Student spotlight: student activist Nadine Gibson

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Student spotlight: student activist Nadine Gibson

Julia Henning, Online Editor

Nadine Gibson, in just her first year of high school, is already an award-winning student advocate for rights for people of color and the queer community in Tacoma. She has advocated for organizations across Tacoma and gained strong ties with Mayor Victoria Woodards. Her work has won awards, and most recently, she received the Star of Destiny award from the Tacoma Historical Society.

Gibson identifies strongly as an advocate for others. “I’ve always been an outspoken person and I’ve always been one to point things out and speak out,” said Gibson. Her most prominent advocacy began in Tacoma after moving to the city in 7th grade. She said that both Tacoma and Annie Wright opened up doors and connections for her. Gibson found that moving to Tacoma allowed her to create many different connections that she didn’t actually realize she was making in the moment.

Since then, Gibson has become an advocate for communities of people of color and the queer community in and around Tacoma. Additionally, Gibson is able to identify and advocate for issues beyond specific groups. “While there is a plethora of topics and causes of things that I speak up for, I think my biggest goal is to make people question and think,” she said. Rather than pushing my personal agenda I would rather let people speak for themselves and question authority and question the systems that we live by.” 

This concern for others and her ability to question have been praised by many including Alicia Mathurin, Director of Auxiliary Programs at Annie Wright, who described Gibson as “empathic and aware.” “If there is anything or anyone who is being treated unfairly, she has a voice for it,” Mathurin said.

Gibson learned about the Legislative Youth Advisory Council in Tacoma in 7th grade at a youth action fest at the Bill and Melinda Gates foundation. After she finished the application, she found that she was a year too young to be a part of the council, but her mom encouraged her to submit the application anyway. When Gibson was accepted into the program, the board thought her application had a typo with the wrong grade, but when she told them that was true, they brought her on board anyway.

Gibson has worked alongside the mayor of Tacoma, Victoria Woodards, since Woodards took office in 2018. “I kept getting involved with the community and our paths just kept crossing and we would recognize each other,” Gibson said. Woodards offered more opportunities and connections to Gibson as they got to know each other.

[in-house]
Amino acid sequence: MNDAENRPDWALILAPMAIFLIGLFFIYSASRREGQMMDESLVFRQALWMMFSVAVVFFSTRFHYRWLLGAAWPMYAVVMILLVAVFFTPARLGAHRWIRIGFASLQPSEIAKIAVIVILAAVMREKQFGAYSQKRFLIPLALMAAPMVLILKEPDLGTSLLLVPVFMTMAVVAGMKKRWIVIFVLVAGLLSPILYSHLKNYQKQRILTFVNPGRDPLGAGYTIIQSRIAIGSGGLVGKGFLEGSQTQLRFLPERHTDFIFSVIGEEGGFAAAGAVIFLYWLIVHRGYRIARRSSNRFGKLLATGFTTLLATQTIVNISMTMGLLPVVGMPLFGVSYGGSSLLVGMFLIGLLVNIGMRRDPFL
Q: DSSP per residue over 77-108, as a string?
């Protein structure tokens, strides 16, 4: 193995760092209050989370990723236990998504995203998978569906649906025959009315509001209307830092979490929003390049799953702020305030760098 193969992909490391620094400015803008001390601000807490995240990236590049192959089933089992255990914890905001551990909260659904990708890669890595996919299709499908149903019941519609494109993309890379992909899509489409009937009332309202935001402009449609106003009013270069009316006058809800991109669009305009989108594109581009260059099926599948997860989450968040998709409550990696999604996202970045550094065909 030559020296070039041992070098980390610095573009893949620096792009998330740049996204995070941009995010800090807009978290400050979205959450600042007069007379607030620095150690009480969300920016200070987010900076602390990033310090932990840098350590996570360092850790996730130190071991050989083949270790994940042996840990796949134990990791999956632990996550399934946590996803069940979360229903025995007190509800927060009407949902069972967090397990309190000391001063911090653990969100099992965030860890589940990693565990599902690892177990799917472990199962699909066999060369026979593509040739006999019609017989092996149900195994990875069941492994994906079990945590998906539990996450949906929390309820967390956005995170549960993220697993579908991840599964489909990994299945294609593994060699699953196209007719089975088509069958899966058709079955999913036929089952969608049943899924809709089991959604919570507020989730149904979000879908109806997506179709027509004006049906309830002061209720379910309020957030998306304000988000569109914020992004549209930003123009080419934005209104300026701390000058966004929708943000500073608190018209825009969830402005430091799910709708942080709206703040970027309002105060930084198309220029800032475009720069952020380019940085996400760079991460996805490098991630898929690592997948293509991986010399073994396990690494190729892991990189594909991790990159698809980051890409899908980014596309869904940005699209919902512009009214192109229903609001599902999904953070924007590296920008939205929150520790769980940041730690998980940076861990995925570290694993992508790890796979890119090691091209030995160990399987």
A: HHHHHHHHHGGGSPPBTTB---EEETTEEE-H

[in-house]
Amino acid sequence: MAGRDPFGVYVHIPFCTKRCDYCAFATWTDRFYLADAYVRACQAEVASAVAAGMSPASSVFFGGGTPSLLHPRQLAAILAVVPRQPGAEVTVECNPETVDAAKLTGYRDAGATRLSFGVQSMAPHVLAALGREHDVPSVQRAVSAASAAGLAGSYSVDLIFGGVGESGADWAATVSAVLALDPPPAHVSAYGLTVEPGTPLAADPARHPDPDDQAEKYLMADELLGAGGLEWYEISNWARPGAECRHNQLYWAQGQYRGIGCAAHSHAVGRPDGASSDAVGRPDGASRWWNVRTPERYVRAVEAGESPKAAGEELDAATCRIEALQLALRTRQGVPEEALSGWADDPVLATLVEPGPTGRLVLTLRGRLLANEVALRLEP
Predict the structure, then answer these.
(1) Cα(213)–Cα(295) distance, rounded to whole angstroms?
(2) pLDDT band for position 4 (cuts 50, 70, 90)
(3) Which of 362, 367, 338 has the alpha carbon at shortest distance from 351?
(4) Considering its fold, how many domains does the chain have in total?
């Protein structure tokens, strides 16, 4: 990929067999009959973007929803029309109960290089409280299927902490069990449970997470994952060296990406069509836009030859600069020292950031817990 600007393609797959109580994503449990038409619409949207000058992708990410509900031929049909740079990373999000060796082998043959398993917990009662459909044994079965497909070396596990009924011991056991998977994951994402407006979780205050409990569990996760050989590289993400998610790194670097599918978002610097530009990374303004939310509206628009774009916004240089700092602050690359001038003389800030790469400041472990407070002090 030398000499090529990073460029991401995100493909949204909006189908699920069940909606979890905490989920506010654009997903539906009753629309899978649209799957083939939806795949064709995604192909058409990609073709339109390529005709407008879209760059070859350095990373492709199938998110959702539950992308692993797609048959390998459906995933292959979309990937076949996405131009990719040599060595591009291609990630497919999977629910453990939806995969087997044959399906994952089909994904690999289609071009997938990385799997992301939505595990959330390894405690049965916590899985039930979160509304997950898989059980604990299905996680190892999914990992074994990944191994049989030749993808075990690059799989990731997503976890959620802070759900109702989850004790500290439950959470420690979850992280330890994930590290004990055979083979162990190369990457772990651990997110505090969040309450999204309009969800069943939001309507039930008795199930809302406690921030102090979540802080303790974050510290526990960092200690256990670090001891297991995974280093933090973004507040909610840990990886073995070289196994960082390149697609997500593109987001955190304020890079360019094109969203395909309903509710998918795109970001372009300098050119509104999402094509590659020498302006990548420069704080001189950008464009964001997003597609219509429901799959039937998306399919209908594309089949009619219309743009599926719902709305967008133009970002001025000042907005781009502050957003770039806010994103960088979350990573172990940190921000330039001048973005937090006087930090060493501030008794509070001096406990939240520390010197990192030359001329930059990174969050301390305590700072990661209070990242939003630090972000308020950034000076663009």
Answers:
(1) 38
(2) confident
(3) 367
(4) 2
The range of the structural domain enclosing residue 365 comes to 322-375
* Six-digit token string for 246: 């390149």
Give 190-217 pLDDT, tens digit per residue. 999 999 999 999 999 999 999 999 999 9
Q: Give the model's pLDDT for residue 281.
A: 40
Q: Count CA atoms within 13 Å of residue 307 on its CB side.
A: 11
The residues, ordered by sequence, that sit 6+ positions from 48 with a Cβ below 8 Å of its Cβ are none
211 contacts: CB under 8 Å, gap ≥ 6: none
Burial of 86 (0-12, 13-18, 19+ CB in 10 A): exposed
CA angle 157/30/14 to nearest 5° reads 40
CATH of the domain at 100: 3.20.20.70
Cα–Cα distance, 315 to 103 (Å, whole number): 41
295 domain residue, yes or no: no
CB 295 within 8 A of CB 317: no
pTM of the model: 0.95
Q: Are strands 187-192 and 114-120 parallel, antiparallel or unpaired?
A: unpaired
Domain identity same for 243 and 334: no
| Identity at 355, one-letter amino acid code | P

Gibson believes Woodards was involved in the nomination for her most recent award from the Tacoma Historical Society, along with members from a local group of people of color, the Black Collective. The mayor presented Gibson with the award at the Historical Society dinner in September. Despite the prestige of the award, Gibson has remained humble. “I don’t think it’s the awards that push her to go harder,” Mathurin said. “It’s the personal stories, and when she hears about communities that are being marginalized, that’s what makes her go. When she received this most recent award, she was like ‘you want to go to this dinner?,’ and she just plays this like it’s not a big deal to her because it’s not why she’s doing it. She waited until the week of to even invite people.”

Nadine spoke about the power of youth in the activism community. “Right now, we’re in an interesting time with our history as humans,” she said. “Youth are at the forefront more than they’ve ever been in history and I think it’s interesting to see where this will lead.” 

Annie Wright has provided many of these opportunities for Gibson to engage with the community, including connecting her to the mayor and the Black Collective. “The first platform where I ever really met her [Woodards], who would inspire me to approach so many opportunities, was in the Great Hall,” Gibson said. “I learned about the Black Collective through Annie Wright because in 7th grade one of the founders of the collective came and spoke about his activism in the Puget Sound area. Both of these monumental moments for me were fostered by Annie Wright. It was really up to me to cultivate these opportunities and take advantage of them and direct where they would lead me. Annie Wright has opened up a field of opportunity for me to jump in.”